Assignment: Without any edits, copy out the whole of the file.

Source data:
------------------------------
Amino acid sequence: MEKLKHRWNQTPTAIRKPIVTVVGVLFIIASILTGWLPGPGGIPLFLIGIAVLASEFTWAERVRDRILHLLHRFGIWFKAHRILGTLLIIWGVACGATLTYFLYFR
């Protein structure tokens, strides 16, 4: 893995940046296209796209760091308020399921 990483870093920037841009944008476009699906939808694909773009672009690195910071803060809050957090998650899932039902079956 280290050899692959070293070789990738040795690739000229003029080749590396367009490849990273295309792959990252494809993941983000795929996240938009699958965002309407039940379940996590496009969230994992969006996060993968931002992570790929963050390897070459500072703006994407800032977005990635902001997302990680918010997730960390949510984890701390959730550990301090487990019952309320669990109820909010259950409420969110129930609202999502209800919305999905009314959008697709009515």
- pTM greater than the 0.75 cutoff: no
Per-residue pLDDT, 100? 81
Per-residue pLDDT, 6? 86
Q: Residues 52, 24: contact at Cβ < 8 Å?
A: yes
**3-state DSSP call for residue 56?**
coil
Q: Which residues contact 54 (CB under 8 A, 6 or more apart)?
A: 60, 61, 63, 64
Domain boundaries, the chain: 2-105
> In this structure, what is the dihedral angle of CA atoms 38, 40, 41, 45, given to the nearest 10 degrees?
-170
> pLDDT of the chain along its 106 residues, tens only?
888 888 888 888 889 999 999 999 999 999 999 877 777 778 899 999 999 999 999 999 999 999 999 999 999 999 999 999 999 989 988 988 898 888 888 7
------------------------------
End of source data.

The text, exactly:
Amino acid sequence: MEKLKHRWNQTPTAIRKPIVTVVGVLFIIASILTGWLPGPGGIPLFLIGIAVLASEFTWAERVRDRILHLLHRFGIWFKAHRILGTLLIIWGVACGATLTYFLYFR
């Protein structure tokens, strides 16, 4: 893995940046296209796209760091308020399921 990483870093920037841009944008476009699906939808694909773009672009690195910071803060809050957090998650899932039902079956 280290050899692959070293070789990738040795690739000229003029080749590396367009490849990273295309792959990252494809993941983000795929996240938009699958965002309407039940379940996590496009969230994992969006996060993968931002992570790929963050390897070459500072703006994407800032977005990635902001997302990680918010997730960390949510984890701390959730550990301090487990019952309320669990109820909010259950409420969110129930609202999502209800919305999905009314959008697709009515």
- pTM greater than the 0.75 cutoff: no
Per-residue pLDDT, 100? 81
Per-residue pLDDT, 6? 86
Q: Residues 52, 24: contact at Cβ < 8 Å?
A: yes
**3-state DSSP call for residue 56?**
coil
Q: Which residues contact 54 (CB under 8 A, 6 or more apart)?
A: 60, 61, 63, 64
Domain boundaries, the chain: 2-105
> In this structure, what is the dihedral angle of CA atoms 38, 40, 41, 45, given to the nearest 10 degrees?
-170
> pLDDT of the chain along its 106 residues, tens only?
888 888 888 888 889 999 999 999 999 999 999 877 777 778 899 999 999 999 999 999 999 999 999 999 999 999 999 999 999 989 988 988 898 888 888 7